FPL argues for new $1.2 billion power plant in Okeechobee County
Florida Power & Light told state regulators Tuesday that it should be allowed build a $1.2 billion gas-fired power plant on land it owns in Okeechobee County to meet what it projects will be a growing demand for energy by 2019.
But the state agency that represents consumers, a coalition of large industrial users, and two environmental groups fiercely oppose the proposal and argued that it is unnecessary overbuilding designed to guarantee the utility's profits and suppress the need for conservation and renewable energy.
FPL’s proposal “will result in the uneconomic generating capacity and add cost to ratepayers under the guise of reliability,’’ said James Whitlock, lawyer for the Southern Alliance of Clean Energy, which advocates for renewable energy in Florida.
Testimony showed that for the average FPL customer, who is expected to use 14,118 kw hours in 2020, the additional cost for the plant will be $17.22.
The two-day hearing, known as a "determination of need," is the first step to approving a power plant in Florida. FPL said it will need an additional 1,052 megawatts of power generation by 2019, another 1,409 megawatts in 2020 and demand continuing to grow in the future.
But opponents want regulators to require utilities to increase energy conservation to reduce demand while also opening the state to more solar and renewable energy options to reduce Florida’s reliance on carbon-based fuels.
The hearing offered a glimpse into the arguments that are at the forefront of the state's energy dilemma as the state’s legacy utility companies face competition from solar and other renewable forms of energy. Meanwhile, FPL's dependence on natural gas, by contrast, is increasing -- 68 percent in 2014 and estimated to rise to 72 percent by next year.
In recent years the PSC, however, has allowed FPL to reduce its focus on conservation and instead approved controversial requests that were promised as cost savings to customers, but instead resulted in higher costs.
On Thursday, regulators will decide on fuel-buying program used by FPL and other utilities that allows them to hedge their natural gas purchases in an effort to save customer money. Documents filed with the
PSC, however, show that between 2002 and 2014, FPL’s handling of those fuel purchases have resulted in $4 billion in losses, requiring customers to pay more in pass-through fuel costs. The company's projected loss for 2015 is nearly $700 million.
Last year, FPL also persuaded the PSC to allow it to charge customers to invest $191 million in natural gas fracking projects in Oklahoma. The utility predicted the project would save customers millions but in August, it told regulators in August that the actual costs for 2015 was a $5.8 million loss.
Critics argue that as the energy market becomes more diverse and competitive in other parts of the nation, FPL has relied on regulatory policies that allow it to boost its spending on infrastructure costs, like power plants, that generate earnings for shareholders.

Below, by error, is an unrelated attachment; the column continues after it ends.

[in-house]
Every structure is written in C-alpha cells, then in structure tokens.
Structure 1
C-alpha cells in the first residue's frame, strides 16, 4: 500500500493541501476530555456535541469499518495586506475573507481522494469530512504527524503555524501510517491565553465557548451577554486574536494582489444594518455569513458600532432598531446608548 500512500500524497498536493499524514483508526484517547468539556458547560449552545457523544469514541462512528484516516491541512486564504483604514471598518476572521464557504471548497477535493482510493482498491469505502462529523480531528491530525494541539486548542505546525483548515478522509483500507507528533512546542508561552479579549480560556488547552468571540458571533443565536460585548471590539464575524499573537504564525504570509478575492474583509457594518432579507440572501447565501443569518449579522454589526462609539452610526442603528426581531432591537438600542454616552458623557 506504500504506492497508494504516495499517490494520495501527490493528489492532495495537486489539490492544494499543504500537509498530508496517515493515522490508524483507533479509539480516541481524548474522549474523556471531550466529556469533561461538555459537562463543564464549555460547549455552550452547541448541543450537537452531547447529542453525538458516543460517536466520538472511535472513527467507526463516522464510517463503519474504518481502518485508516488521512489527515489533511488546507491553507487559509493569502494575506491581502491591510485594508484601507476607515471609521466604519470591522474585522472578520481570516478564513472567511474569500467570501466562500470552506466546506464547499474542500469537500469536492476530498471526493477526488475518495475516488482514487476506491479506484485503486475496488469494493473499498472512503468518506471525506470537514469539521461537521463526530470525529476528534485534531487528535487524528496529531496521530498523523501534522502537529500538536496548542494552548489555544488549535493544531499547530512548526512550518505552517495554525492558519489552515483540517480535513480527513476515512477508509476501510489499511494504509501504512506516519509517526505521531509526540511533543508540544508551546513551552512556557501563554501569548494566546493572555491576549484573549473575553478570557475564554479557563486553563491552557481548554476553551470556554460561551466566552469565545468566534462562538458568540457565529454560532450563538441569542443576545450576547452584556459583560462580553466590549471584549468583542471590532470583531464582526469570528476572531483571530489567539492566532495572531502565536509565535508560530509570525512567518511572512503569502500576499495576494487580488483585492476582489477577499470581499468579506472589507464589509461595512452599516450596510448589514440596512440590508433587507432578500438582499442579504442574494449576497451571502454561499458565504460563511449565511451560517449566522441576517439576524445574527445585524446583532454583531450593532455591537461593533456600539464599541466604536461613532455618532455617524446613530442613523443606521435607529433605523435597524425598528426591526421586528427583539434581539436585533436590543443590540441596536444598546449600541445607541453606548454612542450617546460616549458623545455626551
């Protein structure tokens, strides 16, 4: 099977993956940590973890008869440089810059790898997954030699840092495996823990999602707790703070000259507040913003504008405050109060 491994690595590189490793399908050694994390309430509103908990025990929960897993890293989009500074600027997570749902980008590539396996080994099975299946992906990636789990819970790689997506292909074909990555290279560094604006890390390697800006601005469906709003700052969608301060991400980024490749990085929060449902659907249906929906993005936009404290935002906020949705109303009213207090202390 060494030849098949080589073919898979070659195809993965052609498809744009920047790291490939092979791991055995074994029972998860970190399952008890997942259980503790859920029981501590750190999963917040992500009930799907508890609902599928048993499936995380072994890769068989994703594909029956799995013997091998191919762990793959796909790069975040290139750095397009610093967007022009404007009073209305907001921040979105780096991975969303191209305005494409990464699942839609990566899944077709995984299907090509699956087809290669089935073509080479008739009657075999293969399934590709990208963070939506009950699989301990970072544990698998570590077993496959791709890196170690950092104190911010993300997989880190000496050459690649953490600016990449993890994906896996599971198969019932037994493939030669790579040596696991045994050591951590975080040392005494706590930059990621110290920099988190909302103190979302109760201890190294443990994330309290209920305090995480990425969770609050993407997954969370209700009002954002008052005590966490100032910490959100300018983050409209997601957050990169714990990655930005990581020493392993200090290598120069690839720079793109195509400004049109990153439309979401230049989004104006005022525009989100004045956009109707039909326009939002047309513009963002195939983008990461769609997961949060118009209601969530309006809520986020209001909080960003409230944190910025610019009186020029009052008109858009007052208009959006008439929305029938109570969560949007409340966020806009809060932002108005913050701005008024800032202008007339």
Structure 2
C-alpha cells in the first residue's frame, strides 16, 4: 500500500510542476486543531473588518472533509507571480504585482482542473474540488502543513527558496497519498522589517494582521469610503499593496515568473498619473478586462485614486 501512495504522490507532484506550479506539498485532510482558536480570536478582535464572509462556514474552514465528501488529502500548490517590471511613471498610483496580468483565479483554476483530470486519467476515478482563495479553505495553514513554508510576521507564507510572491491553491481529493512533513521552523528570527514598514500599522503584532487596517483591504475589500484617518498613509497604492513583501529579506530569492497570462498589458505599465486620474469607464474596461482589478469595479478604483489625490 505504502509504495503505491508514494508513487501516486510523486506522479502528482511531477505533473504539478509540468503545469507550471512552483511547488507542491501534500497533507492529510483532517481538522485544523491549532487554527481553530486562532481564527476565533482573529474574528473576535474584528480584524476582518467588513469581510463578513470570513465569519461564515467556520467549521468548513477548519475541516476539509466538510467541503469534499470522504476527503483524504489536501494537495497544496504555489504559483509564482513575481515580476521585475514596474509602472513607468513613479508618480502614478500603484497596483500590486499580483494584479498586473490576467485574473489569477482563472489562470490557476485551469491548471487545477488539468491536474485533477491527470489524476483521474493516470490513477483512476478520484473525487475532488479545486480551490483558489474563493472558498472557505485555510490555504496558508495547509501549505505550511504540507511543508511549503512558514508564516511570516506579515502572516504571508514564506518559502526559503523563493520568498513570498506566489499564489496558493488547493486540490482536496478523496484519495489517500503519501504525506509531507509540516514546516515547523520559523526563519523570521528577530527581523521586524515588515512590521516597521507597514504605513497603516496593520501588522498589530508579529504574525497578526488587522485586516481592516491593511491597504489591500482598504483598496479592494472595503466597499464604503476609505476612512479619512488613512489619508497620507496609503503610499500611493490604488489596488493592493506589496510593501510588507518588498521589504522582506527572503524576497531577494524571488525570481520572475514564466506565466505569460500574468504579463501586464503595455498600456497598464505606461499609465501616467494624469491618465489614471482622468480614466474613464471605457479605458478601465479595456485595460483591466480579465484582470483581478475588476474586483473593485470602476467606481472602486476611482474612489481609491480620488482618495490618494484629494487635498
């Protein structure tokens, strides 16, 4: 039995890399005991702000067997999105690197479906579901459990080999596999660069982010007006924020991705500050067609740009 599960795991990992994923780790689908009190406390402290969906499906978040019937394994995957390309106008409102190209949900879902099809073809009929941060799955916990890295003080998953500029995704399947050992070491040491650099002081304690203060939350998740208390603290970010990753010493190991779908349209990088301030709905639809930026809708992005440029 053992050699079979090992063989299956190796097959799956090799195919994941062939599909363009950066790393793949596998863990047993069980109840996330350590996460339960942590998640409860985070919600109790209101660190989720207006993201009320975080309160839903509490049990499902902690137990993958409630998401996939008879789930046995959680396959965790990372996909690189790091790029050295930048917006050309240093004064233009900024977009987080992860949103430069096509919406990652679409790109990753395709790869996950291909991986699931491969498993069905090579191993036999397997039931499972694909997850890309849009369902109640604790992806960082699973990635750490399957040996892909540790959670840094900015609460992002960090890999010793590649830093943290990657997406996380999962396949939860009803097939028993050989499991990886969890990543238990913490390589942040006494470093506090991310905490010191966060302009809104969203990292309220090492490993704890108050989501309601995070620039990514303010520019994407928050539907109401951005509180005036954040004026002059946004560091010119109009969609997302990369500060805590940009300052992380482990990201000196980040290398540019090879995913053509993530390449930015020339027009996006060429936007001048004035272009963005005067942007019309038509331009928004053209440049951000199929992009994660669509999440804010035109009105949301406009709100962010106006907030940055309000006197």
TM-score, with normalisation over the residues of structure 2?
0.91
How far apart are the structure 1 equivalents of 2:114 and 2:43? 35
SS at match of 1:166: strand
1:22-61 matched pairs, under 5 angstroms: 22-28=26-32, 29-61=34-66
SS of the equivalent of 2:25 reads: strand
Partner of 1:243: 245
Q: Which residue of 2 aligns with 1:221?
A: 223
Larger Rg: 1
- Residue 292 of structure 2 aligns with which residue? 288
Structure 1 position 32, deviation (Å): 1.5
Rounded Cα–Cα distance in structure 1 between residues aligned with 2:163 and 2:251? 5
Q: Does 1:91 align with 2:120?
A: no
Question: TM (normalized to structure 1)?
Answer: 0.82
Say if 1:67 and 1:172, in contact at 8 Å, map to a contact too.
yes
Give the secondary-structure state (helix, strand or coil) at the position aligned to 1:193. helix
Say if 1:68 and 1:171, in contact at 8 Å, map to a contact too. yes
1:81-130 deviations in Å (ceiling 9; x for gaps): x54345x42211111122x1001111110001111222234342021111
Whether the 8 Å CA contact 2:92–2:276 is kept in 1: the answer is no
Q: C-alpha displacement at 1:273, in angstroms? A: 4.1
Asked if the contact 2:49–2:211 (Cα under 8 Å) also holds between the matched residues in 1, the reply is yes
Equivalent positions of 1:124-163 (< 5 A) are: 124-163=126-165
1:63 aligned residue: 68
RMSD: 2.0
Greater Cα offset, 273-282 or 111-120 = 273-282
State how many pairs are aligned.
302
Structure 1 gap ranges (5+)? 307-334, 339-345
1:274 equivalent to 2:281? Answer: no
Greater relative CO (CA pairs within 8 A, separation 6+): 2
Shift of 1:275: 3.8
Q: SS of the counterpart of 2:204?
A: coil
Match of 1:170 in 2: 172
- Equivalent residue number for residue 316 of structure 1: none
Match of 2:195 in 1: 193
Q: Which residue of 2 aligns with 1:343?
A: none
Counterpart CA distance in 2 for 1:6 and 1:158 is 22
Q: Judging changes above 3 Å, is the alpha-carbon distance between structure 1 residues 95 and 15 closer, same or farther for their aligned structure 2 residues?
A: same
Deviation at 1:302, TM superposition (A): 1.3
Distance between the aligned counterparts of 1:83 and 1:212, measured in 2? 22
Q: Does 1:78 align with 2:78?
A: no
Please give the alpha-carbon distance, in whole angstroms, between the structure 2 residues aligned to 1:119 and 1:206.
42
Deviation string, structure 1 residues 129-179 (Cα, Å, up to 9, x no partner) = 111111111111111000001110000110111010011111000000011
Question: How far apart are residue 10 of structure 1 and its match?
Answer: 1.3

But FPL attorney Will Cox told the PSC that the proposal would build the “state of art” power plant to generate 1,622-megawatt plant that would be “the most efficient in the state.”
He said the new plant, planned for property the company owns in Okeechobee County, would create 30 new jobs, save customers money and provide the lowest cost generation of any similar gas-fired plant -- $754 per kilowatt.
Cox said that in addition to burning carbon-based fuels at its power plants, the company’s long-term plans include adding 223 kilowatts of utility scale solar online by 2016 and using all the “conservation reasonably available.”
But opponents – which include the Office of Public Counsel, which represents consumers, the Florida Industrial Power Users Group, the Southern Alliance for Clean Energy and the Environmental Confederation of Southwest Florida – argue that the power plant is not needed, especially if regulators required more solar energy.
“FPL’s testimony shows it has done nothing more than pay lip-service to utilitiy-scale solar and energy efficiency to placate the commission,’’ Whitlock said.
He and others also disputed a claim by FPL that it needs the additional plant to meet its goal for having enough capacity to have 20 percent reserve generation in the event of an emergency, and a requirement that at least half of that reserve coming from gas-fired power plants.
Whitlock called those projections, based on 16-year-old data, “anecdotal, self-serving, in-house analysis” that “no longer reflects reality.’’
Patricia Christensen of the Office of Public Counsel, which represents consumers before the PSC said those reserve ratios are outdated and “unnecessary” and, if sanctioned by regulators, will lead to the “uneconomic overbuilding of generation.”
Bradley Marshall, a lawyer for the Environmental Confederation of Southwest Florida also argued that the new plant is unnecessary because FPL’s fleet of generation plants is already up-to-date and efficient.
“They have an incredibly reliable system,’’ he said.
FPL has increased the demand for new power plants by suppressing its conservation programs. For example, it has reduced the monthly credits given to consumers who volunteered to have their water heaters and air conditioning systems on the residential load management system.
For water heaters, for example, FPL lowered the credit from $3 a month to $1.50 and for air conditioning from $6 to $3 per month. At the same time, the demand side management annual report shows that 94,700 participants were projected in the programs but the actual number of participants was nearly half of their projection in 2014 with 54,542 participants, with a 1.6 percent penetration rate.